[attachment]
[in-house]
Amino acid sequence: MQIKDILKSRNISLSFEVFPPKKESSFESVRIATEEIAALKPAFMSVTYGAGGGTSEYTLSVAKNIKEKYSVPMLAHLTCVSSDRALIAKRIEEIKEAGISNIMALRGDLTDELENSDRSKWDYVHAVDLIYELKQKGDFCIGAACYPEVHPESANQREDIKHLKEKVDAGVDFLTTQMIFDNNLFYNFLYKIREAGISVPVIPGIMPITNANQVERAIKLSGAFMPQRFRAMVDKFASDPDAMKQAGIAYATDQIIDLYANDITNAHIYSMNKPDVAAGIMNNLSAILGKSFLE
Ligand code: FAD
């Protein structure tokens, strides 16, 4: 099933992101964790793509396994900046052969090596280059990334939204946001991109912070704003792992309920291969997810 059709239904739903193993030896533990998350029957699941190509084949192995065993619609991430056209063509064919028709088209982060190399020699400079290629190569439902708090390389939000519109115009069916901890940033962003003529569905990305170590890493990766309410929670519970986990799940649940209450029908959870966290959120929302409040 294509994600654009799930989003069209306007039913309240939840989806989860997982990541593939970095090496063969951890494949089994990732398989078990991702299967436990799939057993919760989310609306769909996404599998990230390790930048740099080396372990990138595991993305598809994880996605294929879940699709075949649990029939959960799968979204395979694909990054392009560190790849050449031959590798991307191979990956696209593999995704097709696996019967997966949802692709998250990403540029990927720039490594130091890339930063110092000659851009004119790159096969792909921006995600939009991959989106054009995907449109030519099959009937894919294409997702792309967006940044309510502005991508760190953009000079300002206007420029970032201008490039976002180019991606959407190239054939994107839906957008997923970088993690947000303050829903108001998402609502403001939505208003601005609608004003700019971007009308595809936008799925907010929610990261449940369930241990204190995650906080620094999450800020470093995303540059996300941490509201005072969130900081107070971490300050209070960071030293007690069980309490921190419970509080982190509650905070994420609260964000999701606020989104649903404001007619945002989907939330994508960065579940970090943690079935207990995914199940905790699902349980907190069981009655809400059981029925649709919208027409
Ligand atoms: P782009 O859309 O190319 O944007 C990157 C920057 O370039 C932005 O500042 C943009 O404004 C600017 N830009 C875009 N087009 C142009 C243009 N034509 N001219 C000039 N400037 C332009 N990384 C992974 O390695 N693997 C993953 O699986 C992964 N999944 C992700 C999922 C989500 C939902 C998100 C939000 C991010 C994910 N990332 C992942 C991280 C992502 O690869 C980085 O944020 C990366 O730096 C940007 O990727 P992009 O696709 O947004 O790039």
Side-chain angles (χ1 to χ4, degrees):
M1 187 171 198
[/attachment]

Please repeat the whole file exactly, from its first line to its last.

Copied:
[in-house]
Amino acid sequence: MQIKDILKSRNISLSFEVFPPKKESSFESVRIATEEIAALKPAFMSVTYGAGGGTSEYTLSVAKNIKEKYSVPMLAHLTCVSSDRALIAKRIEEIKEAGISNIMALRGDLTDELENSDRSKWDYVHAVDLIYELKQKGDFCIGAACYPEVHPESANQREDIKHLKEKVDAGVDFLTTQMIFDNNLFYNFLYKIREAGISVPVIPGIMPITNANQVERAIKLSGAFMPQRFRAMVDKFASDPDAMKQAGIAYATDQIIDLYANDITNAHIYSMNKPDVAAGIMNNLSAILGKSFLE
Ligand code: FAD
């Protein structure tokens, strides 16, 4: 099933992101964790793509396994900046052969090596280059990334939204946001991109912070704003792992309920291969997810 059709239904739903193993030896533990998350029957699941190509084949192995065993619609991430056209063509064919028709088209982060190399020699400079290629190569439902708090390389939000519109115009069916901890940033962003003529569905990305170590890493990766309410929670519970986990799940649940209450029908959870966290959120929302409040 294509994600654009799930989003069209306007039913309240939840989806989860997982990541593939970095090496063969951890494949089994990732398989078990991702299967436990799939057993919760989310609306769909996404599998990230390790930048740099080396372990990138595991993305598809994880996605294929879940699709075949649990029939959960799968979204395979694909990054392009560190790849050449031959590798991307191979990956696209593999995704097709696996019967997966949802692709998250990403540029990927720039490594130091890339930063110092000659851009004119790159096969792909921006995600939009991959989106054009995907449109030519099959009937894919294409997702792309967006940044309510502005991508760190953009000079300002206007420029970032201008490039976002180019991606959407190239054939994107839906957008997923970088993690947000303050829903108001998402609502403001939505208003601005609608004003700019971007009308595809936008799925907010929610990261449940369930241990204190995650906080620094999450800020470093995303540059996300941490509201005072969130900081107070971490300050209070960071030293007690069980309490921190419970509080982190509650905070994420609260964000999701606020989104649903404001007619945002989907939330994508960065579940970090943690079935207990995914199940905790699902349980907190069981009655809400059981029925649709919208027409
Ligand atoms: P782009 O859309 O190319 O944007 C990157 C920057 O370039 C932005 O500042 C943009 O404004 C600017 N830009 C875009 N087009 C142009 C243009 N034509 N001219 C000039 N400037 C332009 N990384 C992974 O390695 N693997 C993953 O699986 C992964 N999944 C992700 C999922 C989500 C939902 C998100 C939000 C991010 C994910 N990332 C992942 C991280 C992502 O690869 C980085 O944020 C990366 O730096 C940007 O990727 P992009 O696709 O947004 O790039």
Side-chain angles (χ1 to χ4, degrees):
M1 187 171 198